Native American

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Portrait of a Native American

Native Americans (also called Aboriginal Americans, American Indians, Amerindians or indigenous peoples of America) are the people and their descendants, who were in the Americas when Europeans arrived. There are many different tribes of Native American people, with many different languages. There are more than three million Native Americans in Canada and the U.S. combined. About 51 million Native Americans live in Latin America.

Sometimes these people are called Indians, but this may be confusing, because it is the same word used for people from India. When Christopher Columbus explored, he did not know about the Americas. He was in the Caribbean but thought he was in the East Indies, so he called the people Indians.

Many Native Americans died after the Europeans came to the Americas. There were diseases that came with the Europeans but were new to the Native Americans. There were battles with the Europeans. Many native people were hurt or killed by settlers who took their lands.

The ancestors of Native Americans came to the Americas from Asia. Some of them may have come to America 15,000 years ago when Alaska was connected to Siberia by the Bering land bridge.

Some Native American tribes of North America are the Cherokee, Iroquois, Navajo and Sioux.

Some Native American tribes of Central America are the Mayans or Yucatec, and Aztecs.

Some Native American tribes of South America are the Aymara, Guarani, Quechua and Tupi.

The earliest peoples in the Americas came from Siberia when there was an ice bridge across the Bering Strait. The cold but mainly grassy plain which connected Siberia with Canada is called Beringia. It is reckoned that a few thousand people arrived in Beringia from eastern Siberia during the Last Glacial Maximum before moving into the Americas sometime after 16,500 years before the present (BP).[1] This would have occurred as the American glaciers blocking the way southward melted,[2][3][4][5][6] but before the bridge was covered by the sea about 11,000 years BP.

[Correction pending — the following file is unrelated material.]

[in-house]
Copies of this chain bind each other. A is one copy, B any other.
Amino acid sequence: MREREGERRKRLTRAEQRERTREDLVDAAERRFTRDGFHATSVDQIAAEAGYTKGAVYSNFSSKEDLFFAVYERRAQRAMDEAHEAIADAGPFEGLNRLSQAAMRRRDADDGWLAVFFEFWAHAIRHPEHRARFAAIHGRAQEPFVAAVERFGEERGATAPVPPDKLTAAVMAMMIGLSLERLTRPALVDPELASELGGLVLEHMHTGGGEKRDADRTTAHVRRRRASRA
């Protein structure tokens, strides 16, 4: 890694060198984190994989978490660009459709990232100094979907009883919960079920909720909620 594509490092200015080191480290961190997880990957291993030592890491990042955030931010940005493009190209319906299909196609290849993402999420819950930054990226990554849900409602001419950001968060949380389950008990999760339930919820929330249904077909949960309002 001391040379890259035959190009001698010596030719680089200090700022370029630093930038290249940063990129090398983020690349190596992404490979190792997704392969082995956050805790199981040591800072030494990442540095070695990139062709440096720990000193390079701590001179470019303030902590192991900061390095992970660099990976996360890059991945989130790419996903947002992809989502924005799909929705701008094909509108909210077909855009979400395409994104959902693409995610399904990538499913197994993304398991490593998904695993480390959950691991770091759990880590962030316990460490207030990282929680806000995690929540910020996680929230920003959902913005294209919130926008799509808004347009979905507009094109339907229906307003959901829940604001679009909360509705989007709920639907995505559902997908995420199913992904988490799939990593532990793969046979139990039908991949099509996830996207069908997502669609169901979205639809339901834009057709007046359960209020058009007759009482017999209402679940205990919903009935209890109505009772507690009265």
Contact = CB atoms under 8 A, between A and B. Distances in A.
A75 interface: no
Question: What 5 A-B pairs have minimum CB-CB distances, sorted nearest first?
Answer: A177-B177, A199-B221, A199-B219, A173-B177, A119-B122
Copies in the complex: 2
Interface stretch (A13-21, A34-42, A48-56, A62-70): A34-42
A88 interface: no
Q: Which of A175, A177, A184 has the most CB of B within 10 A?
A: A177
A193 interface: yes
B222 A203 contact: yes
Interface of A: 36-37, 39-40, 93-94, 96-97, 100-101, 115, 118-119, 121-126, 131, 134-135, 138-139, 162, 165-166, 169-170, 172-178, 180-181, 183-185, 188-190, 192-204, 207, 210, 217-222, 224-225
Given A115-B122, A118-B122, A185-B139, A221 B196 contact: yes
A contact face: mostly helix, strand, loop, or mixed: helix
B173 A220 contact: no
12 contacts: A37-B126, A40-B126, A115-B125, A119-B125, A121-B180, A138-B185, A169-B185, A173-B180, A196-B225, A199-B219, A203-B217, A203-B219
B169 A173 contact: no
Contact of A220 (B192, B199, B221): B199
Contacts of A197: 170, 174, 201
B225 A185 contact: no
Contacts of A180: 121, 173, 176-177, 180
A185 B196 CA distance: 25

Before European colonization, Beringia was inhabited by the Yupik peoples on both sides of the straits. This culture remains in the region today, with others. In 2012, the governments of Russia and the United States announced a plan to formally establish "a transboundary area of shared Beringian heritage". Among other things this agreement would establish close ties between the Bering Land Bridge National Preserve and the Cape Krusenstern National Monument in the United States and Beringia National Park in Russia.[7]

References[change | change source]

  1. "The first people who populated the Americas".
  2. Wang, Sijia et al (2007). "Genetic variation and population structure in Native Americans". PLoS Genetics 3 (11): e185. doi:10.1371/journal.pgen.0030185. PMC 2082466. PMID 18039031. 
  3. Goebel, Ted; Waters, Michael R.; O'Rourke, Dennis H. (2008). "The Late Pleistocene dispersal of modern humans in the Americas". Science 319 (5869): 1497–1502. doi:10.1126/science.1153569. PMID 18339930. 
  4. Fagundes, Nelson J.R. (2008). "Mitochondrial population genomics supports a single pre-Clovis origin with a coastal route for the peopling of the Americas". American Journal of Human Genetics 82 (3): 583–592. doi:10.1016/j.ajhg.2007.11.013. PMC 2427228. PMID 18313026. 
  5. Tamm, Erika (2007). Carter, Dee. ed. "Beringian standstill and spread of Native American founders". PLoS ONE 2 (9): e829. doi:10.1371/journal.pone.0000829. PMC 1952074. PMID 17786201. 
  6. Achilli, A. (2008). MacAulay, Vincent. ed. "The phylogeny of the four Pan-American MtDNA haplogroups: Implications for Evolutionary and Disease Studies". PLoS ONE 3 (3): e1764. doi:10.1371/journal.pone.0001764. PMC 2258150. PMID 18335039. 
  7. Llanos, Miguel (21 September 2012). "Ancient land of 'Beringia' gets protection from US, Russia". NBC News. Archived from the original on 23 September 2012.

Related pages[change | change source]